The #1 Tool to Improve Sales and Customer Service

Posted by on Oct 22, 2019 in Motivation | Comments Off on The #1 Tool to Improve Sales and Customer Service

Why should video be a part of your personal development plan?

Video allows you to critique your performance, whether it’s leadership skills, a presentation or honing your sales skills.

Video or audio taping yourself is a vastly underused tool to get feedback and deliberate practice to improve your communication skills. 

Without consistently reviewing what you are really doing you cannot improve your skills. You need to see it and listen to it, because the recordings will not lie.

Once you review what you are really doing, you can create an action plan to improve, based on what’s really going on  – not what you think you’re good at doing.

Are you ready for real change and better sales or customer service results? 

Are you making EXCUSES for why you can’t record yourself?

You will be shocked that almost no one will object to you recording your interactions. Instead, they will likely be impressed. 

If you’re taking video, get a phone tripod like this one and set it up to capture your performance.

Recording yourself takes guts – not everybody likes to see themselves on camera. 

But with a smartphone as an integral part of your personal development plan, it’s easier than ever to start utilizing video and audio in all kinds of ways to improve your customer service experience and your sales skills.

Here’s a review of the benefits of recording yourself, as well as some examples, what you should look for when you play it back AND some special instructions for leaders.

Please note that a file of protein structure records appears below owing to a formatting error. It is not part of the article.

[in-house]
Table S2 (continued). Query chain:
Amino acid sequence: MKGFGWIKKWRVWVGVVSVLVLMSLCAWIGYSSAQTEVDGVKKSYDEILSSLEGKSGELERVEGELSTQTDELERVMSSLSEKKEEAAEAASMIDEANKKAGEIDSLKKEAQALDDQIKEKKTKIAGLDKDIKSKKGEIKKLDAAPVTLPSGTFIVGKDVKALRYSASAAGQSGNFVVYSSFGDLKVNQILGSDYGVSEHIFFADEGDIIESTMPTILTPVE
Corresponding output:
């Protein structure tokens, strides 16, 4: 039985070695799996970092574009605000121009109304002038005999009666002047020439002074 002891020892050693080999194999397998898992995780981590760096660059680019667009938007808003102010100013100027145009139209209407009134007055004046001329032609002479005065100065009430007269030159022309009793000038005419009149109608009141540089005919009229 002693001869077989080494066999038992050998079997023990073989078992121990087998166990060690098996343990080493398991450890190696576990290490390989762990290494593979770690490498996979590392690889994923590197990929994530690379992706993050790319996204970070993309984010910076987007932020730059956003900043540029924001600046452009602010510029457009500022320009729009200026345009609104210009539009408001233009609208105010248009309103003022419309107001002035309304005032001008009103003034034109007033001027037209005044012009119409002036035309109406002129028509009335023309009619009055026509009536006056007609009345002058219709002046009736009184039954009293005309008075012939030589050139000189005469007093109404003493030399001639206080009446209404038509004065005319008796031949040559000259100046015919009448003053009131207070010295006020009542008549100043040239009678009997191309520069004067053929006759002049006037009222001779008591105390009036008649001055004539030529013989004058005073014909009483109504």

Benefits of video in your personal development plan

When you incorporate video into your personal development plan, you’ll gain perks like:

  • Knowing how to make a good first impression and start a meeting/presentation. First impressions matter. To get the sale, you must stand out in a sea of competitors and be memorable. With your audio/visual recordings, you can hone in on your delivery, be interesting and grab their attention up front. Here are some ideas: Start with a story, a startling statistic, a quote, a bold statement or simply a question. 
  • Getting out of a sales slump. Even the best salesperson will face a downturn every now and then. This is the prime time to be intentional about recording yourself, pinpointing where you’re struggling and getting your sales groove back. Get some coaching from someone better than you. Then, keep the recordings of yourself when you are at your best, and refer back to them when you get into a slump.
  • Getting better at customer service. There’s always room for improvement – especially when it comes to interactions with your prospects and customers. When you record yourself, you can look at the footage with a critical eye and know what to improve upon.

Driving your performance

Athletes review game film constantly to improve their game, and it’s a great example of how to use video to drive your own personal development. 

Virtually every athlete does it, and high-level sports officials, referees and umpires also use video to review and improve their performance. 

Real-life examples

“What you feel isn’t real”

When it comes to golf, your mind can deceive you.

For example, I am working on taking the club outside my hands on the backswing. 

I was so sure the club was where I wanted it – until I watched the video.

I was shocked to see the club what not where I wanted it! 

This experience drove home the point: What you feel is often not real. 

Video will show you the reality of what is actually happening  – not what you think is happening.

My first sales slump

During my first two weeks promoting Tony Robbins back in September 1988, I did not get off to the flying start I imagined.